Prof. LONG: Yeah. I think that accounts for a lot of it. And a lot of times, it's a particular phrase. A song title just happens to be particularly catchy, and that's what accounts for the frequent citation. I think that's the case for The Rolling Stones.

SIEGEL: Now, I read - we learned about your work from an article in the Los Angeles Times. And I learned from reading that article that while we associate Dylan with liberal left writings, there actually have been citations by both Supreme Court Justice Antonin Scalia and Chief Justice John Roberts of Dylan lyrics.

Prof. LONG: Yeah. Just in the past three years, Roberts and Scalia have both cited Dylan, and for the first time ever, I think, in Supreme Court decisions.

SIEGEL: What did Antonin Scalia find citable in Dylan?

(Soundbite of laughter)

Prof. LONG: Scalia's was kind of funny. It was an employment law case in which the question was whether an employee had an expectation of privacy in his pager, his text messages. And the court largely ducked that question out of a concern that technology was advancing so rapidly that it might come ahead of the decision. The majority sort of ducked it, and Scalia took the majority to task for having ducked the opinion and said, you know, well, "the times they are a changing" is a feeble excuse for disregard of one's judicial duty to go decide an issue.

SIEGEL: You mentioned the Scalia citation. Chief Justice Roberts cited "Like a Rolling Stone."

(Soundbite of song, "Like a Rolling Stone")

Mr. DYLAN: (Singing) When you ain't got nothing, you got nothing to lose. You're invisible now. You've got no secrets to conceal.

SIEGEL: From the "Dylan Goes Electric" moment.

(Soundbite of laughter)

Prof. LONG: Yeah. It was a pretty dry case just involving the issue of whether one party had standing. And Roberts concluded that they didn't and said - used the Dylan line from "Like a Rolling Stone," when you ain't got nothing, you got nothing to lose, to try to convey the idea that they lacked standing.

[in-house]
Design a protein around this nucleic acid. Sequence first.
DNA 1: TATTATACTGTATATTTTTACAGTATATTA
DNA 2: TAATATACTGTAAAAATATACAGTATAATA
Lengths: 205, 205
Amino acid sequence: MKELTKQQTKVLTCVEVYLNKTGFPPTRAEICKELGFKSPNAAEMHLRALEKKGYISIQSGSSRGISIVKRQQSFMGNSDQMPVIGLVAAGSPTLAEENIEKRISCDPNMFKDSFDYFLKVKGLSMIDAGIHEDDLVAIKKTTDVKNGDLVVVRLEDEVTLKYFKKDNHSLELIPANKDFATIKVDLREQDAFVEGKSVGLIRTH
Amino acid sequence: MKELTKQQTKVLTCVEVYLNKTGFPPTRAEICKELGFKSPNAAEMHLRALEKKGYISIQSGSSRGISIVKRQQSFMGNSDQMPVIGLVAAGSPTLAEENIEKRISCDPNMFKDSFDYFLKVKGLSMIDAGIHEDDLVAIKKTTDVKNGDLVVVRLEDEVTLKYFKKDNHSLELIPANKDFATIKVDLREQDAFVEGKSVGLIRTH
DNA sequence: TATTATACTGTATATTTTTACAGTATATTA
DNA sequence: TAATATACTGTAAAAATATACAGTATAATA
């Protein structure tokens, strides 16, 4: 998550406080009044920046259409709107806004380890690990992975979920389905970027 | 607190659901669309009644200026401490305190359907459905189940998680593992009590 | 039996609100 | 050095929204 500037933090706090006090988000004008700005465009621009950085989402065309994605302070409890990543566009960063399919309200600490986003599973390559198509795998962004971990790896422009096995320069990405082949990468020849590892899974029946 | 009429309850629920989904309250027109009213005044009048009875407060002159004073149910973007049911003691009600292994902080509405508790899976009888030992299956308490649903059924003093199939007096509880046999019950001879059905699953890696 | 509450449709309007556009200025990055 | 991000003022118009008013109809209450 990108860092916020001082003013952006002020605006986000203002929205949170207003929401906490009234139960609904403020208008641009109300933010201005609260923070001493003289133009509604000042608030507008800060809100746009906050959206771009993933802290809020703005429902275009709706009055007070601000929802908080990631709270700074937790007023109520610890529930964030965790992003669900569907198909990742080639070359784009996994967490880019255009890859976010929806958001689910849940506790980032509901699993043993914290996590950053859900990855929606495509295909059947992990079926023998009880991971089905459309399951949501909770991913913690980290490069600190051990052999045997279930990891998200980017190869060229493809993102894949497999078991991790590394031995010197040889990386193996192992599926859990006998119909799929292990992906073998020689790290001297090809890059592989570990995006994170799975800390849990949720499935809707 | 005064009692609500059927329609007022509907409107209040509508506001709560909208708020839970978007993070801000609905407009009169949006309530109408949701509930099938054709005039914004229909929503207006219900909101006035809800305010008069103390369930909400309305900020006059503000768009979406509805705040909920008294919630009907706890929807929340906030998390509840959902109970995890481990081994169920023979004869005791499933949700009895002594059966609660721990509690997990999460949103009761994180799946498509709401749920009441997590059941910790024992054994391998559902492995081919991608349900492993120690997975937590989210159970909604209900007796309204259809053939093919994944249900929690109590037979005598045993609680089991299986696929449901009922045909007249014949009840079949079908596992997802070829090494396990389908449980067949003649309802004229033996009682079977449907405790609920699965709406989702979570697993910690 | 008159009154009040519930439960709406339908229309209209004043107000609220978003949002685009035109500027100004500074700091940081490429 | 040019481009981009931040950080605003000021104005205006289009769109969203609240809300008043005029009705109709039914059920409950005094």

(Soundbite of laughter)

SIEGEL: Is this a project that you're updating constantly, are you adding to the 2007 work or...

Prof. LONG: No. Although I still get emails and such from lawyers and judges who tell me from time to time how they've worked in songs into their opinions or into the briefs that they've filed. I had a lawyer from San Francisco tell me that he always tries to work in The Grateful Dead whenever he files something with the court. I had another judge somewhere give me a copy of an opinion that he had written in which the entire opinion was written around Beatles lyrics. Every sentence in there included some line from a Beatles song. It was pretty funny.

So, no, I'm not consciously updating it, but it sort of unconsciously -it keeps filtering in down to me.

SIEGEL: Well, Alex Long, we should say your day job as a law professor at the University of Tennessee is teaching Torts and Professional Responsibility?

Prof. LONG: Correct.

SIEGEL: But we're grateful for your hobby, as well, in researching song lyrics in the law. Thanks for talking with us.

Prof. LONG: Thank you. It's fun.

(Soundbite of song, "Subterranean Homesick Blues")

Mr. DYLAN: (Singing) Twenty years of schooling and they put you on the day shift. Look out kids, they keep it all hid. Better jump down a manhole, light yourself a candle. Don't wear sandals, try to avoid the scandals. Don't want to be a bum, you better chew gum. The pump don't work 'cause the vandals took the handles.